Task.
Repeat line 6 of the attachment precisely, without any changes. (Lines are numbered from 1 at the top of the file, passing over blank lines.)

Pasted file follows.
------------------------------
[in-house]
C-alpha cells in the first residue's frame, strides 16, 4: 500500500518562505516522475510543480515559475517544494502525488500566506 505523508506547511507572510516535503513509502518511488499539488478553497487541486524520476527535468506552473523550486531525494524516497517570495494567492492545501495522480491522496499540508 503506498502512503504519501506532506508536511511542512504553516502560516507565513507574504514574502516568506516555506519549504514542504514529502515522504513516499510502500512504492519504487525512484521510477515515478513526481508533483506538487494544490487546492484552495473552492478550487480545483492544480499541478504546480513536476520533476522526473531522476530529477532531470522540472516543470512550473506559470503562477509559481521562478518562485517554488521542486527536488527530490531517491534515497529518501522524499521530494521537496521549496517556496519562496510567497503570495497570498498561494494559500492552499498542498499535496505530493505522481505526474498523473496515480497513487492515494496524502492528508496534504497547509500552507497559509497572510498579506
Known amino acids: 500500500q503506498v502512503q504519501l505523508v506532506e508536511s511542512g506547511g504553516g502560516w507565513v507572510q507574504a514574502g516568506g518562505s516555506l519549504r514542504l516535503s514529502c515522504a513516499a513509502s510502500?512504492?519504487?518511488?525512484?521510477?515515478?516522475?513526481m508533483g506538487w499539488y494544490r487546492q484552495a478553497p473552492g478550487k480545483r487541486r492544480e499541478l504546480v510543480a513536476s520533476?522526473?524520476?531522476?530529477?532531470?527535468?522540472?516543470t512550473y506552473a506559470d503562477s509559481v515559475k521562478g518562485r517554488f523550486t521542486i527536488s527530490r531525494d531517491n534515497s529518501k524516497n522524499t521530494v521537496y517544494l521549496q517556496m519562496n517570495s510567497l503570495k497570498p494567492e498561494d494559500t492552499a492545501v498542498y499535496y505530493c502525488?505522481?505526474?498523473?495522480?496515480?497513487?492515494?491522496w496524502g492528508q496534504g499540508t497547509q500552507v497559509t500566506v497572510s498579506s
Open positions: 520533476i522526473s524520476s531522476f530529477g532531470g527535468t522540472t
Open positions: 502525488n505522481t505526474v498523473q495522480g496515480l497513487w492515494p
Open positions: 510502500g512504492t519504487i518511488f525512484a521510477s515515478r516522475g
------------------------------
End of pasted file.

Open positions: 510502500g512504492t519504487i518511488f525512484a521510477s515515478r516522475g